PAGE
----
Triglycerides are a type of fat found in the blood. They are also the body’s main storage of fat which can be used for energy. It is possible for the liver to make triglycerides, but we ingest them through our diet, too. They are found predominantly in meat and dairy products as well as cooking oils.
The body can use triglycerides as a source of energy or it can store them up for later use. High triglyceride levels, however, can be harmful to our health and increase the risk of developing heart disease.
A triglyceride blood test measures the number of triglycerides present in the blood. The test can be used to estimate the development of the cardiovascular disease. It is not fully understood whether it is triglycerides which are harmful or an underlying condition which can cause an increase in their levels.
It is possible to keep your triglyceride levels under control by making healthy lifestyle choices. Therefore, having a triglyceride blood test will enable you to make improvements to your lifestyle and give you a better understanding of your blood lipid levels.
You can test your triglycerides level by purchasing a simple at-home finger prick test kit which is then analysed at an accredited lab. Forth offers a number of blood tests which include triglycerides such as a Cholesterol Check which can be purchased for just £39.00 or our best-selling Baseline Plus test which includes a cholesterol check and more than 15 other biomarkers essential to good health.
Triglycerides are a form of dietary fat found in animal products such as meat and dairy. When we consume dietary triglycerides, they are absorbed by the small intestine and then transported around the body via the bloodstream. Tissues take in triglycerides where they can be used to provide energy or stored as fat. Once we’ve eaten a meal, our triglyceride levels naturally rise. Blood clots are also more likely to occur after a fatty meal. Hence, why some people have heart attacks after eating fat-rich meals.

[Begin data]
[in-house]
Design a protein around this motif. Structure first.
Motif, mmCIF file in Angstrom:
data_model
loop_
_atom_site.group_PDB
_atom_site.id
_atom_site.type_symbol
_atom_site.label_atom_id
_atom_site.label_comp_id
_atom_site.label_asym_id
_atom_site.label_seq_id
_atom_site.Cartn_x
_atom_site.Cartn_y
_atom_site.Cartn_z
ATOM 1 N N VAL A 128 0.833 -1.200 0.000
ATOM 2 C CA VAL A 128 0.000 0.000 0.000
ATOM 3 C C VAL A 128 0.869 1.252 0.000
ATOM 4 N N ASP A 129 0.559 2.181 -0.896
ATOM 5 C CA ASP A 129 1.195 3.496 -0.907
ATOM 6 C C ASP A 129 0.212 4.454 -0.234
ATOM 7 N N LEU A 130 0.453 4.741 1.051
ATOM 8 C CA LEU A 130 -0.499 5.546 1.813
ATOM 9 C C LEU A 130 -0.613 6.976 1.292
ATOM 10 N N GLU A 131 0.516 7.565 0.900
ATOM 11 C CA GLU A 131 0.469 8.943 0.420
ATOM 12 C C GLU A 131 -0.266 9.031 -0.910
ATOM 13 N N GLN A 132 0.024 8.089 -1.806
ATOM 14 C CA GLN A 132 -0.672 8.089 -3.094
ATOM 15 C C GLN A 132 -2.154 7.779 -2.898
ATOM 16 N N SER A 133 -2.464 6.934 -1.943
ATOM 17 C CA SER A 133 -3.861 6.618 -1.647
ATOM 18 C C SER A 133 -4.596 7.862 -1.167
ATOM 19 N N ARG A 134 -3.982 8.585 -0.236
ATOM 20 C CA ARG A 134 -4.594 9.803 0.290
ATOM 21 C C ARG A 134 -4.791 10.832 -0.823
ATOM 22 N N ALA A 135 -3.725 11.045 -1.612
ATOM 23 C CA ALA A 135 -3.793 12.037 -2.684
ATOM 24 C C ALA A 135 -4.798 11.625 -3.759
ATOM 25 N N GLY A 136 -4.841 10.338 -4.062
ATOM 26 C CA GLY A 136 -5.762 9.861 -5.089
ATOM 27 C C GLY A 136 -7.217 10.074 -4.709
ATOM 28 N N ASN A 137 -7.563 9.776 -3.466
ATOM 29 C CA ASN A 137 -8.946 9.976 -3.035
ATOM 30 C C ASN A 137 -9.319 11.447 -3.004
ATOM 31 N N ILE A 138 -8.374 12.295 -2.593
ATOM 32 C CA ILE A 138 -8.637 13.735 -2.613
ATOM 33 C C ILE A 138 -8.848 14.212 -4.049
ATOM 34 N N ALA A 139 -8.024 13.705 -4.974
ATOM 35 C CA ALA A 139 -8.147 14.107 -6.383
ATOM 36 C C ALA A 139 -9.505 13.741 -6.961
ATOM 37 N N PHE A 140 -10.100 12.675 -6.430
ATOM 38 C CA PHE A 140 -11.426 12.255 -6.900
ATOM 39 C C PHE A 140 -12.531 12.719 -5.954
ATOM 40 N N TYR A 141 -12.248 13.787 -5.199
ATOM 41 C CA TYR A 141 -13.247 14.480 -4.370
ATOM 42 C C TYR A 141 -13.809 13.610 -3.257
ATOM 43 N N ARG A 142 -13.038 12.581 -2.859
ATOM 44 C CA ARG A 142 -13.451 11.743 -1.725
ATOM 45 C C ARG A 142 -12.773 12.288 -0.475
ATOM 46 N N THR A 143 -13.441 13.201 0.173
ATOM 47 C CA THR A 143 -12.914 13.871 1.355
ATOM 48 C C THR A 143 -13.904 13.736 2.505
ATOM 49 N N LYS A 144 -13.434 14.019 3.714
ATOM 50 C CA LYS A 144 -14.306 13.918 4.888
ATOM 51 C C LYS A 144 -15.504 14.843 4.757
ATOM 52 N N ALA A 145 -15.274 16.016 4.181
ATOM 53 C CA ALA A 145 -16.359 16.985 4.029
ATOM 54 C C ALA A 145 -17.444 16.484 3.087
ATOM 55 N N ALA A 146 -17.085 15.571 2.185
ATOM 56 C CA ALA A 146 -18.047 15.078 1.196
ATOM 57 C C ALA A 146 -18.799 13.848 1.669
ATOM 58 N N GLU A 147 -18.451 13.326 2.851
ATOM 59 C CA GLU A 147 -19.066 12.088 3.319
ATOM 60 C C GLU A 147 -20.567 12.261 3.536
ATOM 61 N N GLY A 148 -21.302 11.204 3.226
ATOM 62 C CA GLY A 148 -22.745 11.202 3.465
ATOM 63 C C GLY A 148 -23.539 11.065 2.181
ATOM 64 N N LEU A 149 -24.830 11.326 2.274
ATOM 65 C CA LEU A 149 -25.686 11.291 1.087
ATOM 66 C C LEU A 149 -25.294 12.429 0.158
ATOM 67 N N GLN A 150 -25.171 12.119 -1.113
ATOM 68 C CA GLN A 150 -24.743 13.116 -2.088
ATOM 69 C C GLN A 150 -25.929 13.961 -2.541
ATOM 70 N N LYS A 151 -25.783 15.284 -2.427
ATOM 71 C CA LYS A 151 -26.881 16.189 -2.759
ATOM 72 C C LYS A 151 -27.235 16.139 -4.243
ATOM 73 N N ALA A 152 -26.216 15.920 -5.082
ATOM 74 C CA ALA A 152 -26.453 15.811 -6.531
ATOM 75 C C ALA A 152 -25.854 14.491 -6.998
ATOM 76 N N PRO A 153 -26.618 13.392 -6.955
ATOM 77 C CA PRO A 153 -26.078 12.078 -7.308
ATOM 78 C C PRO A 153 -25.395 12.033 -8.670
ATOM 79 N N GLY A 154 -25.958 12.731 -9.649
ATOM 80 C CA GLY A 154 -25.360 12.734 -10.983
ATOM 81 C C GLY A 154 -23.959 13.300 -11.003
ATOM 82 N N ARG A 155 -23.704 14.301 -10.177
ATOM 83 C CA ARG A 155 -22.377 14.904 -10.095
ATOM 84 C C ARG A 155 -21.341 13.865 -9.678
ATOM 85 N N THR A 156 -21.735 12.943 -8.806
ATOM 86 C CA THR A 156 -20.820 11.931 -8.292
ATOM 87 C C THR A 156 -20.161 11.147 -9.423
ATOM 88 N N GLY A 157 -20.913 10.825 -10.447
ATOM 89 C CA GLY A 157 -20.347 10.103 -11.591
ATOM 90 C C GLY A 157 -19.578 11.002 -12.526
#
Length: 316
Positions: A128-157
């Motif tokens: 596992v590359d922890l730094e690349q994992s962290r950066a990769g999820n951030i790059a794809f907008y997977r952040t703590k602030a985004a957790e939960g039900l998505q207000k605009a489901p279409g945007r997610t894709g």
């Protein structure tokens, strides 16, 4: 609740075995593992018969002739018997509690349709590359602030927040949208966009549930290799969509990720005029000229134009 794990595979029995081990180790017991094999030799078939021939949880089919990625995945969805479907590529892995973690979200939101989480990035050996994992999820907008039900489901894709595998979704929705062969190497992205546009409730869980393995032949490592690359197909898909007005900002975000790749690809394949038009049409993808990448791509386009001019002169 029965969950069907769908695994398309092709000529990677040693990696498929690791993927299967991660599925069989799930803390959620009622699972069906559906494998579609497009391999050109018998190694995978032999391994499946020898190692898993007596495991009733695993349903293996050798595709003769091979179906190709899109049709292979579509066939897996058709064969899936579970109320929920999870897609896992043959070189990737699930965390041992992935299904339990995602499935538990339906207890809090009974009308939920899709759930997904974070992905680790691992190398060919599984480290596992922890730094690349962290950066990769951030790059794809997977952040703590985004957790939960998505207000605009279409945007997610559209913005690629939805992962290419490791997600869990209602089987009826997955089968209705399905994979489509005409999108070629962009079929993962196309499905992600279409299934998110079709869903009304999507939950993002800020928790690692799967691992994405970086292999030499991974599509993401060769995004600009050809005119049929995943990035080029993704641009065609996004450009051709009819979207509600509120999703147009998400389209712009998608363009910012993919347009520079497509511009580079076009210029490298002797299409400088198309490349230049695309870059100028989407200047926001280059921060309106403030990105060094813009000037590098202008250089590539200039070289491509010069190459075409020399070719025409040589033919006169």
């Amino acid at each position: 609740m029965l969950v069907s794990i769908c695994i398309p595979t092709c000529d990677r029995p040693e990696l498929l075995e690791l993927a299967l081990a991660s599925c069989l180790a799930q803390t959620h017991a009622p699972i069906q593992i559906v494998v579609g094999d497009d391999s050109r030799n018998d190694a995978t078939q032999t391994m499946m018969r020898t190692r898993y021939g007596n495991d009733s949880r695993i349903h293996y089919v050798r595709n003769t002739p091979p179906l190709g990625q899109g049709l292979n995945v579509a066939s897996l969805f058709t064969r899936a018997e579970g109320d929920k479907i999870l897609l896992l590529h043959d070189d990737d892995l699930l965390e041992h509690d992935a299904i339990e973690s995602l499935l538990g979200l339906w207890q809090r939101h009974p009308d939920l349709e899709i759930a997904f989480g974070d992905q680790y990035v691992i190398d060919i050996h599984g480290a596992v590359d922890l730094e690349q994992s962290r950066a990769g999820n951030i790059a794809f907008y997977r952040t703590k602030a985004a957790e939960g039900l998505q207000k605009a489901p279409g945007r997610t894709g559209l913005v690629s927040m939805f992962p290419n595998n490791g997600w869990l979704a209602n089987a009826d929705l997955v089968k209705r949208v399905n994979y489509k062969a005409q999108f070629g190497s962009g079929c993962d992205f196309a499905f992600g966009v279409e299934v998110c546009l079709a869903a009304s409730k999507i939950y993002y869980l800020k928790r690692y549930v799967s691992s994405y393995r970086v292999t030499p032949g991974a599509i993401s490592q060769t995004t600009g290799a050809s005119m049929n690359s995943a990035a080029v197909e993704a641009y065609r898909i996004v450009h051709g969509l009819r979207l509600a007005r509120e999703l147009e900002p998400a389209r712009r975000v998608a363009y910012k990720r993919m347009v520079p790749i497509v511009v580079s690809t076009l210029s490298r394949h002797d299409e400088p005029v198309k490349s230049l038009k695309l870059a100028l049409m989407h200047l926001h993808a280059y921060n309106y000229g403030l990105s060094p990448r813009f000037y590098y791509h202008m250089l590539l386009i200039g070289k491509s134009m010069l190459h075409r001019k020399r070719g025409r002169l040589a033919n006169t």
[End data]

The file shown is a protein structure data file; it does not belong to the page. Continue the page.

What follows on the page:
The liver also produces triglycerides when we eat more calories than the body requires. Therefore, the liver produces triglycerides from the excess energy and stores it in the body as fat. When the body requires energy later, the fat can be broken down as used as energy, this is particularly beneficial during times of exercise or starvation.
Elevated triglycerides are associated with an increased risk of cardiovascular disease. However, research has shown if these levels are returned to normal the risk of the disease decreases.
An extremely high triglyceride level, at least 10-15 mmol/L, increases the risk of pancreatitis. The pancreas is a small organ which aids digestion, pancreatitis occurs when it becomes inflamed.
If you are worried about your triglycerides level or just want to check where you fall on the range, you can test your level with a simple at-home blood test.
Triglycerides can be elevated due to primary or secondary causes. Primary causes include an inherited, genetic condition which is responsible for high triglyceride levels. Secondary causes, however, can be linked to our lifestyle such as diet as well as medication.
Inherited conditions include:
Secondary causes of elevated triglycerides may be:
There are also some medical conditions which increase triglyceride levels, like kidney disease, non-alcoholic fatty liver disease, pregnancy, gout and an underactive thyroid. Metabolic conditions like metabolic syndrome, obesity and type II diabetes are associated with high triglycerides and low non-HDL cholesterol.